2 minute read / Sep 11, 2012 /
Social network design and urban design
“Facebook has built the cities, they’ve built the town squares”
Dave Morin, founder of Path
Is building a social network is like building a city? I watched Urbanize, a documentary describing urban design and the affordances cities must make to cultivate vibrant communities. The words of urban designers echoed many of the challenges faced by networks as they grow.
First, both must balance growth and community. Growing a city from 1M to 10M is like adding 900 semi-close friends to your top 100. All of a sudden, the community has a different vibe - each person recognizes fewer and fewer other people (it’s an n-squared problem, after all). It’s challenging to maintain warmth and the closeness of a tight knit small town. This is the tension urban designers and product managers must manage.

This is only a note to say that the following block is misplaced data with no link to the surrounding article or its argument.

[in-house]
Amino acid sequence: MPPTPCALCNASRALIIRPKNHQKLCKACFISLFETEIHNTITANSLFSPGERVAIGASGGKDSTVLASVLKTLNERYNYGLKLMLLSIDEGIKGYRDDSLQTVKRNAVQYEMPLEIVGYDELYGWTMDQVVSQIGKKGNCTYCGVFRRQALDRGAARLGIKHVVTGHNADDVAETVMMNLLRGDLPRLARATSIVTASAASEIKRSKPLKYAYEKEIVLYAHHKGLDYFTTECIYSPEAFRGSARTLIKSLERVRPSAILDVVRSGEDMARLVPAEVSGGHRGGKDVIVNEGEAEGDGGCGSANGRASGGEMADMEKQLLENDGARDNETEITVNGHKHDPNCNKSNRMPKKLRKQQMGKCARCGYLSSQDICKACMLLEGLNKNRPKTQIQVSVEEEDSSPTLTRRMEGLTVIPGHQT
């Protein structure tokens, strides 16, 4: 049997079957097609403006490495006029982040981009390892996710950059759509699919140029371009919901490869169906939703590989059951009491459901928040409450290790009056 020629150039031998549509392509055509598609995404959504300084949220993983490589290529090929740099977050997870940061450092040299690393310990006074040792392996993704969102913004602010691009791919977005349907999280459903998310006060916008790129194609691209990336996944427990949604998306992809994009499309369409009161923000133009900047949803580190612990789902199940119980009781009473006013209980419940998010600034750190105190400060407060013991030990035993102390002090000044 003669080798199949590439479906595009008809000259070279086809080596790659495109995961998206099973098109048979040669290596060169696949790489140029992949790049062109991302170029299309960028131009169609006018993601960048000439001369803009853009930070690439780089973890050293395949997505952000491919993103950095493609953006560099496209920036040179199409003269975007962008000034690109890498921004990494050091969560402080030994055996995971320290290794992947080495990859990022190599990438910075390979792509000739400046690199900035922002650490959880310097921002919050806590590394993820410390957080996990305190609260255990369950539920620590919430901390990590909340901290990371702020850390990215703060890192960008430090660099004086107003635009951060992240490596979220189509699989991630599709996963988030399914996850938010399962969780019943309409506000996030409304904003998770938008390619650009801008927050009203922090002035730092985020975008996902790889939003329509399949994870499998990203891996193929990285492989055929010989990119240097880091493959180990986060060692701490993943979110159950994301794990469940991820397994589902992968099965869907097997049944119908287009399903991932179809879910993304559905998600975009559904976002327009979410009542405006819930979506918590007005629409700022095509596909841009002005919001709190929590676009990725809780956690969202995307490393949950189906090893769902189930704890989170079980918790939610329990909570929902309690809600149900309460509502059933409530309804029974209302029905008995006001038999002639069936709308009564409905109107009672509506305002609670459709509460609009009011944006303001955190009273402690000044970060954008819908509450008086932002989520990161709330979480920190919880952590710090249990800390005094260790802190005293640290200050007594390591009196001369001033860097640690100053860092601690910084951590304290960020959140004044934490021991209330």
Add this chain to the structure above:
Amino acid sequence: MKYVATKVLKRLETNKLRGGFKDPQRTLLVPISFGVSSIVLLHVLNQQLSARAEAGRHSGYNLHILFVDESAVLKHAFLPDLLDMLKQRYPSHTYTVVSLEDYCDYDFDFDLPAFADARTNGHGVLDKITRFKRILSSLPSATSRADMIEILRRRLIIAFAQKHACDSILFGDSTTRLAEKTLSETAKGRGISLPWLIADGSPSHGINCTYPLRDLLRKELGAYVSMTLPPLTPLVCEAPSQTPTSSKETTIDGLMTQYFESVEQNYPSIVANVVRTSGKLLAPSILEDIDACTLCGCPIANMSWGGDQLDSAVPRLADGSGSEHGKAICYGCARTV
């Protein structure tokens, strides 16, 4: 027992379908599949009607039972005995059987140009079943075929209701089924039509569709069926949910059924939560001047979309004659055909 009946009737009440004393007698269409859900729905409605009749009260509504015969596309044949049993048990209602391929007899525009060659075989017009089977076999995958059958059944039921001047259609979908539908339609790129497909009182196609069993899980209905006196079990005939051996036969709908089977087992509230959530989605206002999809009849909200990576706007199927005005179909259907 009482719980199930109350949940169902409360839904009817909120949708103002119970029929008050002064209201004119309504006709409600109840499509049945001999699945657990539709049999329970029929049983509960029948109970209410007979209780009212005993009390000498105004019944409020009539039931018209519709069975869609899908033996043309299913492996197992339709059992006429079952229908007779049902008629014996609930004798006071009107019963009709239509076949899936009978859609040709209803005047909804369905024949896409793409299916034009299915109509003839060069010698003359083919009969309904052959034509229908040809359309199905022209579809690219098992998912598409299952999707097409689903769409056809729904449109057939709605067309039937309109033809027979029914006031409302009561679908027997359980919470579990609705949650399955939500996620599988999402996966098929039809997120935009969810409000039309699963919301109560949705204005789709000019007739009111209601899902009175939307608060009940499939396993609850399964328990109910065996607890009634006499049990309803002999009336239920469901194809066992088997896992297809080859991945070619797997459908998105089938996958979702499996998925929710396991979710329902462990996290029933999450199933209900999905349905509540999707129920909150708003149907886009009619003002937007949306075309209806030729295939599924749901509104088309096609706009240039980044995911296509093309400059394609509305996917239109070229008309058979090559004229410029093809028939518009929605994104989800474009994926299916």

Second, the most appealing cities have wonderful, inviting public parks and squares, eg the Mall in Washington or Golden Gate Park in San Francisco. Social networks also need public places for groups to assemble and for voices to be heard to enact change or draw attention to causes.
Third, citizens of cities and networks demand a sense of security. In Durban, where crime rates soared at nighttime, the government built tall buildings along a common path with lots of light and the path became a safe place. In social networks, the community also policies activities and members using the report spam flags to shine light on offenders.
Of course, cultivating social networks and cities are quite different. But perhaps the practice of community product management and urban design share some common principles.